What Is a Power of Attorney?

A Power of Attorney (POA) is a document that:

  • Appoints an attorney-in-fact, or agent, to manage tasks and make decisions on your behalf if you're unable to
  • Specifies the financial, business, real estate, and legal powers you are granting to your agent
  • Ensures that your legal and financial responsibilities continue to be taken care of in any circumstance, including illness, long-term travel, and mental incapacity
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What's the Difference Between an Ordinary and Durable Power of Attorney?

Ordinary and durable powers of attorney can have different uses and expire at different times.

An ordinary Power of Attorney:

  • Can become effective immediately or on a specific date
  • Remains in effect until you lose mental capacity
  • Is generally used when you need someone to act on your behalf temporarily due to sickness, injury, or travel

A durable Power of Attorney:

  • Can be immediate, or it can spring into effect on a specific date
    or upon mental incapacity
  • Remains in place until you die
  • Is usually set up to grant someone authority to act in your place
    if you're incapacitated

Why Do I Need a Power of Attorney?

It's important to have a Power of Attorney in place if:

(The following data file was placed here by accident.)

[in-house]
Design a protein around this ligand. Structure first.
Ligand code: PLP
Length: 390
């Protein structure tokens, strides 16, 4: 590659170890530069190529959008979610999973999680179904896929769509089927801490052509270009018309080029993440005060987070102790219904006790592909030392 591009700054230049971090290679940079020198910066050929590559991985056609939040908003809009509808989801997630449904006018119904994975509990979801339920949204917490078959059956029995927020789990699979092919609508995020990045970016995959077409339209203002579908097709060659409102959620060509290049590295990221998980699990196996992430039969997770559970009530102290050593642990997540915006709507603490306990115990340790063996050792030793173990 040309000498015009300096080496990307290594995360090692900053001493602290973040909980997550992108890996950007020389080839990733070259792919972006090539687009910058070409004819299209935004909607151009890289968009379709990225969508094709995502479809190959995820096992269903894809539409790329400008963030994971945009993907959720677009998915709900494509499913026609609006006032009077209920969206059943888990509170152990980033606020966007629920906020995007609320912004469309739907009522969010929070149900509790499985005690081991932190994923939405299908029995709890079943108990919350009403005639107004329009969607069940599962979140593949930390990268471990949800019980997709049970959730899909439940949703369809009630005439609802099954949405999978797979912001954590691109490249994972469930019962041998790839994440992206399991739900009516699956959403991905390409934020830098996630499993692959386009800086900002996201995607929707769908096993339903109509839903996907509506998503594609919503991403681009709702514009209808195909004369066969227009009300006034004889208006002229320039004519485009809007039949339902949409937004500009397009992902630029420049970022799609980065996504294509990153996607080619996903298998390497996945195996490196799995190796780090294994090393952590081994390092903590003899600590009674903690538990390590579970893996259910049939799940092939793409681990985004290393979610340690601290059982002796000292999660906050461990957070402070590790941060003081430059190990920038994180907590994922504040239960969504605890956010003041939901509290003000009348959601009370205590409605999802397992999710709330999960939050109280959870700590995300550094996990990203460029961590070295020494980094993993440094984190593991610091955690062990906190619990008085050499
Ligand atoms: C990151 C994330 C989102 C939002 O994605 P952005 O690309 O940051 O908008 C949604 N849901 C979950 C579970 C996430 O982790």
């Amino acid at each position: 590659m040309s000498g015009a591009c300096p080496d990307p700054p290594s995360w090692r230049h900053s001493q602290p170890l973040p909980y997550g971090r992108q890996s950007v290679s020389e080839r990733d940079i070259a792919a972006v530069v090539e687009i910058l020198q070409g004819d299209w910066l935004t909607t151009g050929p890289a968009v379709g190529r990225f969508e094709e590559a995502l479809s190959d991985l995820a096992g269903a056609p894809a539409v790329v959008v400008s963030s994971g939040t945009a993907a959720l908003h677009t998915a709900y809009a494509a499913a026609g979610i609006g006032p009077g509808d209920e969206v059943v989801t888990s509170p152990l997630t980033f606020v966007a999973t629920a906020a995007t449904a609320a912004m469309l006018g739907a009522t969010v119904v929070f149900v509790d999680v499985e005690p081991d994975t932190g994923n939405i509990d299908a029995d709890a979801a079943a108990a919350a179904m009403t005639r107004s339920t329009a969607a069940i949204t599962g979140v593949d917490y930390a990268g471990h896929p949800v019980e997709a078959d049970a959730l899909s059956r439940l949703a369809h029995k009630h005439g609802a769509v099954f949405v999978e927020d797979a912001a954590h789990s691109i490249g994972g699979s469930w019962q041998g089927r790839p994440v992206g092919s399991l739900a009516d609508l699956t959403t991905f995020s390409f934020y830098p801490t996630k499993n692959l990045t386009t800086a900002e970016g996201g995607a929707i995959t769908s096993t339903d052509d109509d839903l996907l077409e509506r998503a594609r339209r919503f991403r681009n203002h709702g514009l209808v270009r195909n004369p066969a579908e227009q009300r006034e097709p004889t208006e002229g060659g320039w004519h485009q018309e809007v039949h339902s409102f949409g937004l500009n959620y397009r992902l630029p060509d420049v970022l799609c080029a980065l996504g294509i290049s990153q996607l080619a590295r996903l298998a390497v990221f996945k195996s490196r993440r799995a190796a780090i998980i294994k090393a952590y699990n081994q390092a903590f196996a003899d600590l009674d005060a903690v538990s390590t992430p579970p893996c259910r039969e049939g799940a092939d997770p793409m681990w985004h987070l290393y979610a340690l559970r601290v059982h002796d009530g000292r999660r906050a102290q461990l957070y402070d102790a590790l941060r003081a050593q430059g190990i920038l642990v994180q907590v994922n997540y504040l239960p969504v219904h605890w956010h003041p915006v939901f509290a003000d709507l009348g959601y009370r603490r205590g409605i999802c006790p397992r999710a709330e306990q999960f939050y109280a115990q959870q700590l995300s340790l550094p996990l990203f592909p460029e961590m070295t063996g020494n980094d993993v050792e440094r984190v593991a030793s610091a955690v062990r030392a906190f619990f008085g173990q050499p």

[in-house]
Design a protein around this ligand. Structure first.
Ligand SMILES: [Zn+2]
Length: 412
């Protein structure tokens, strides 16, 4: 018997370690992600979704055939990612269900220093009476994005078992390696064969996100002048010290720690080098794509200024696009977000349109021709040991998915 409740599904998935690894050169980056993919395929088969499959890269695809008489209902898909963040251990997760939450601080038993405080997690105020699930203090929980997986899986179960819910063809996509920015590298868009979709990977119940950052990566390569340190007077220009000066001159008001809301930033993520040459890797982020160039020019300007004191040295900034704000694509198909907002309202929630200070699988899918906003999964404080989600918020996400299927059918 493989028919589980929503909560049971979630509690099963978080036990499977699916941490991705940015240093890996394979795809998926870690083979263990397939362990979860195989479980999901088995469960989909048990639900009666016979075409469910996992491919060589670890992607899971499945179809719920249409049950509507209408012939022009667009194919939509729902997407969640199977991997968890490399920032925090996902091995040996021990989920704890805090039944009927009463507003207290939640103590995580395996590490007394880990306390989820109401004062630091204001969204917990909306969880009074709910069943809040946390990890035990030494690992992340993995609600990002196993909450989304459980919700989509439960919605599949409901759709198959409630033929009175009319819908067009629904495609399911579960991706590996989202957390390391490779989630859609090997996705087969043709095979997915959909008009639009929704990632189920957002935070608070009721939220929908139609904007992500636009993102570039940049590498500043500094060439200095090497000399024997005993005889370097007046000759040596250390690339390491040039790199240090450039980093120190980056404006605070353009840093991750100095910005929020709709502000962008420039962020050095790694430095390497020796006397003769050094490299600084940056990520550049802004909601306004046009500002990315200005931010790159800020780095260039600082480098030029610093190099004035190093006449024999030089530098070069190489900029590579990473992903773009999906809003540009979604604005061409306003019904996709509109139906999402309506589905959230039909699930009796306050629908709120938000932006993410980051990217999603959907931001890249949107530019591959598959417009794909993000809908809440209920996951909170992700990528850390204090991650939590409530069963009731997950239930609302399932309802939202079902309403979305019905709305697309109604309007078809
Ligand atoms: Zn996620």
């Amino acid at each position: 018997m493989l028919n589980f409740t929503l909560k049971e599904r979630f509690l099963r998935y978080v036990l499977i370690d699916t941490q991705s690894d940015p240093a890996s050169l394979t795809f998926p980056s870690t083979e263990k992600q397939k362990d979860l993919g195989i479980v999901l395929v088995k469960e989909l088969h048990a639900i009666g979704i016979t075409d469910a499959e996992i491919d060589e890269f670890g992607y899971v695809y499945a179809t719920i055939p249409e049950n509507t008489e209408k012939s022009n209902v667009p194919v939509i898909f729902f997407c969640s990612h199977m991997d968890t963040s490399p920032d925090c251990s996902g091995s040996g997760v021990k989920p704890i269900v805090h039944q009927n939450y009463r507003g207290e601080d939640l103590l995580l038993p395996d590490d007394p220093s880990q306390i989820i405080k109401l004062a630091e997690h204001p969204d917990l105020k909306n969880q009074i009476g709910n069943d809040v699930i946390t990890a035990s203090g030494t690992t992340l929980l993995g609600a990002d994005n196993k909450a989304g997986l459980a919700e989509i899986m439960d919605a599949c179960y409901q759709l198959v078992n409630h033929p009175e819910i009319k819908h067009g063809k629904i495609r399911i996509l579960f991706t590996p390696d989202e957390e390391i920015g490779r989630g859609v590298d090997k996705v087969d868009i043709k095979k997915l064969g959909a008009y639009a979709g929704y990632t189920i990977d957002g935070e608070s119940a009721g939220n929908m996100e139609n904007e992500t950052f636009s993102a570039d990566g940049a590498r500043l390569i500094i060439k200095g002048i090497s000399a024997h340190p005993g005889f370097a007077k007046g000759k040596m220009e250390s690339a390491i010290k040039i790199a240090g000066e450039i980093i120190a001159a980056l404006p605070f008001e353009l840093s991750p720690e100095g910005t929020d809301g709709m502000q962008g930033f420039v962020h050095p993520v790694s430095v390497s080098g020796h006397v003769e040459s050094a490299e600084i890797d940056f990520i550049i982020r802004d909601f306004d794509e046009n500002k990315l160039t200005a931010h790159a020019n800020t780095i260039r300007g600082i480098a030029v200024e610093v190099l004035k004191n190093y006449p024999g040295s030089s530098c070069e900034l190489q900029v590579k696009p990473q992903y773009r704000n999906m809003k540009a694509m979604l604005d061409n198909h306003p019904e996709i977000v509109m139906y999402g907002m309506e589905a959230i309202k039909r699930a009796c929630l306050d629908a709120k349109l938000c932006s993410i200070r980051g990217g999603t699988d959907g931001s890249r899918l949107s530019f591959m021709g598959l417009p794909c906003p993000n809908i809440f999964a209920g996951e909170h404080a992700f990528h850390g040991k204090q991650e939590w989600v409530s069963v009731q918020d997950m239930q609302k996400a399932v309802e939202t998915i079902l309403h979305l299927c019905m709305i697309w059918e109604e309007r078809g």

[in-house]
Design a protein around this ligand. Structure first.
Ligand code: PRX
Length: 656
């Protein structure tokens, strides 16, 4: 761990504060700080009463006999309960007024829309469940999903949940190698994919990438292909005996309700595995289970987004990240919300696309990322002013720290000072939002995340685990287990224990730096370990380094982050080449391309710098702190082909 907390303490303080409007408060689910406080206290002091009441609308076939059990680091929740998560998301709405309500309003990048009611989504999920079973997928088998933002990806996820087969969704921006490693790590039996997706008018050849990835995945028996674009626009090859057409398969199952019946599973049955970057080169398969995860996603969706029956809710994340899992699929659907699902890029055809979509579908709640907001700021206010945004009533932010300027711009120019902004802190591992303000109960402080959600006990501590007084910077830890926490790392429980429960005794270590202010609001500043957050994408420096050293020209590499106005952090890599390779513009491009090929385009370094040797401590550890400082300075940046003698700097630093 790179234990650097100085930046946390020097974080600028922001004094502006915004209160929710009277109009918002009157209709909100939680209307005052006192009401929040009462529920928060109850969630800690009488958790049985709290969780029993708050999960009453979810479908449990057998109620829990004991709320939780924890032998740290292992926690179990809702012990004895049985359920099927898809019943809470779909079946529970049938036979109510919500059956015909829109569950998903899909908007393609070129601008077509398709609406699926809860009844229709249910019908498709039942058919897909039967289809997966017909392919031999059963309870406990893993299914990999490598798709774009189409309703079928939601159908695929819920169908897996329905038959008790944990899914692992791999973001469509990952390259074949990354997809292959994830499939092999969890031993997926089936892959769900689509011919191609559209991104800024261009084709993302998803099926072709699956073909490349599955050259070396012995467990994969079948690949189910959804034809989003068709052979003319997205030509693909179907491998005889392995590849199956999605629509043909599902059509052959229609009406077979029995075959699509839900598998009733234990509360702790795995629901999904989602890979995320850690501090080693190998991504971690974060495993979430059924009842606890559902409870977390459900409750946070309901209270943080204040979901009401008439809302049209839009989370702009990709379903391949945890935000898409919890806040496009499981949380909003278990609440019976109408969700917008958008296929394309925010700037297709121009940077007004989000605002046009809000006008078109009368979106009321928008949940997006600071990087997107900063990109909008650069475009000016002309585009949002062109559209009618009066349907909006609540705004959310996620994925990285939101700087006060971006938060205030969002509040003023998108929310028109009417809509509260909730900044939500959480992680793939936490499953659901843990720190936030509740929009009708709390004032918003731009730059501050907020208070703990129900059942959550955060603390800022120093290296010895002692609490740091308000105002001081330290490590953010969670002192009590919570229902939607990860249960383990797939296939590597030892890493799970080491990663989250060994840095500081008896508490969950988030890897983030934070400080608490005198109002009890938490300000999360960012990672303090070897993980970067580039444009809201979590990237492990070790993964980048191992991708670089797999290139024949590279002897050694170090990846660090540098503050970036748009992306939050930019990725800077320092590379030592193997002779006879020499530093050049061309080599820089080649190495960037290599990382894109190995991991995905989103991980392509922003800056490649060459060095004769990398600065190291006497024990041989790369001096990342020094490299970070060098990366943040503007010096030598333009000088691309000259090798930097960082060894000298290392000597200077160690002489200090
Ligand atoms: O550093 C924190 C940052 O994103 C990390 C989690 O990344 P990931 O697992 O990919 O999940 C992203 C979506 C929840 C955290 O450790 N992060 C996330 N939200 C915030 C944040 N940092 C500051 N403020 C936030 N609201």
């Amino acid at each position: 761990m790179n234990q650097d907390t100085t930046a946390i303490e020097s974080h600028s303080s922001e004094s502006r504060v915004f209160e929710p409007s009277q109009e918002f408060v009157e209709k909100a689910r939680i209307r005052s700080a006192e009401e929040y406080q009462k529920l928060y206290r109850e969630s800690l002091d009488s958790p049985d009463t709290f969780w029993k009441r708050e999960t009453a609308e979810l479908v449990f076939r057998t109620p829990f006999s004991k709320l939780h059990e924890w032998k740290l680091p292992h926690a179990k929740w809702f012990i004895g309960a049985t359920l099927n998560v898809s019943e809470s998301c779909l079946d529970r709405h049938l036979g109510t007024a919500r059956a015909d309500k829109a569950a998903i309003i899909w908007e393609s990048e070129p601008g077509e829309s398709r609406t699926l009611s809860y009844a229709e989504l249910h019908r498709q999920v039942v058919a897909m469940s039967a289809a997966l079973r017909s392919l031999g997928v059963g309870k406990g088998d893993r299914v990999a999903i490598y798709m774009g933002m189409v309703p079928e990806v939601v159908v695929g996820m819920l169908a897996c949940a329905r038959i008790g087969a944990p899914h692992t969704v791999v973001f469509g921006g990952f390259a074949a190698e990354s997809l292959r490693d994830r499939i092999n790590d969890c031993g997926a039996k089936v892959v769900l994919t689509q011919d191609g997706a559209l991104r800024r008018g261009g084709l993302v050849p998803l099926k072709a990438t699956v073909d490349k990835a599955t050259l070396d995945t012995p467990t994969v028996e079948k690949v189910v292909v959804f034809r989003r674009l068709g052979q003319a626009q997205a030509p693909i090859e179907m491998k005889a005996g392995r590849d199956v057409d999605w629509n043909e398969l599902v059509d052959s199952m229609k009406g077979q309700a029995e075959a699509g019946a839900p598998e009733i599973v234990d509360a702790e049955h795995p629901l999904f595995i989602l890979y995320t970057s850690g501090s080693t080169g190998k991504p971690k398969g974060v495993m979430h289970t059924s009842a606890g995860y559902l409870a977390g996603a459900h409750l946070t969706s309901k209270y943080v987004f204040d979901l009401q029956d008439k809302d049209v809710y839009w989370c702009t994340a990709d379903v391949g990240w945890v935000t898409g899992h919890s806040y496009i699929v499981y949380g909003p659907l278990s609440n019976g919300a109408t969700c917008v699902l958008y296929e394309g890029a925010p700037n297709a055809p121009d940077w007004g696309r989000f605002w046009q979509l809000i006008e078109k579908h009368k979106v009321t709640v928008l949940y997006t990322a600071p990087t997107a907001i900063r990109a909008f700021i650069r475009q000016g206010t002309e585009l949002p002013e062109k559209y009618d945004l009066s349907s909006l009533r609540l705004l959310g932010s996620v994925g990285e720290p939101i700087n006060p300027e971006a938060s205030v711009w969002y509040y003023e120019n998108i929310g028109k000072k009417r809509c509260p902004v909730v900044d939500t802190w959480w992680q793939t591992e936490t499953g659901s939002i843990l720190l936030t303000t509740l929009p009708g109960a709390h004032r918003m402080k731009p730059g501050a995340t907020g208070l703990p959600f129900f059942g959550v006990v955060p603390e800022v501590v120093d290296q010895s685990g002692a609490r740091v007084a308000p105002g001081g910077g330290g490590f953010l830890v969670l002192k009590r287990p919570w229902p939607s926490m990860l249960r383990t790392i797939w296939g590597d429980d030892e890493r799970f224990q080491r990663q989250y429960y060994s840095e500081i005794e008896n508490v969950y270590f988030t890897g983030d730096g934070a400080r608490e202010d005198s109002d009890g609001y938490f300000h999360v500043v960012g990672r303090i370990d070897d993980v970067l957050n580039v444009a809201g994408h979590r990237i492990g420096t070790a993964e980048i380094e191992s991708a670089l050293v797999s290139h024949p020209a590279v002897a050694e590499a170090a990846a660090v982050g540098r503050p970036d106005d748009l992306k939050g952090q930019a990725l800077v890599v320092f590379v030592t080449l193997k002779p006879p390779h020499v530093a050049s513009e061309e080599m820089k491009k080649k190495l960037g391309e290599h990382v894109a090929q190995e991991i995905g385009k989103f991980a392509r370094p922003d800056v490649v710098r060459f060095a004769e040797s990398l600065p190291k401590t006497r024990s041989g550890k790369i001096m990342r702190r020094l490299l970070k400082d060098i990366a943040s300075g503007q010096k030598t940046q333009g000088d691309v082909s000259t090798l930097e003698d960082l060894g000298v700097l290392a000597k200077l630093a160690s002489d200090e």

• You have a serious illness
  • You have limited mobility
  • You'll be out of the country for an extended period for work, military deployment, or a holiday
  • You have assets, such as rental properties or a business, that would need to be managed in your absence
  • You have minor children who would require care in the event
    you become incapacitated
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How Do I Choose an Attorney-in-Fact?

You can appoint more than one agent to ease the workload and the decision making.

Your agent(s) must:

  • Have reached the age of majority
  • Be of sound mind

In addition, your agent(s) should:

  • Have your full trust
  • Be able to make decisions in your best interest
  • Be willing and available to take on the responsibility
  • Be familiar with managing finances and keeping accurate records

What Powers Can I Give to My Agent?

You can grant your attorney-in-fact general authority to manage your affairs, or choose the specific responsibilities they will have.

You can put your agent in charge of:

  • Real estate, such as making personal mortgage payments and managing rental properties
  • Personal finance and business interests, which includes managing bank accounts, business transactions, and investments
  • Family care and gifts, which includes maintaining charitable gifts
  • Benefits and taxes, such as managing retirement plans and filing taxes
  • Legal and insurance matters, such as handling insurance and annuity policies
Legal, financial, and real estate interests

What Other Documents Do You Need?

These forms may also be useful in your estate planning:

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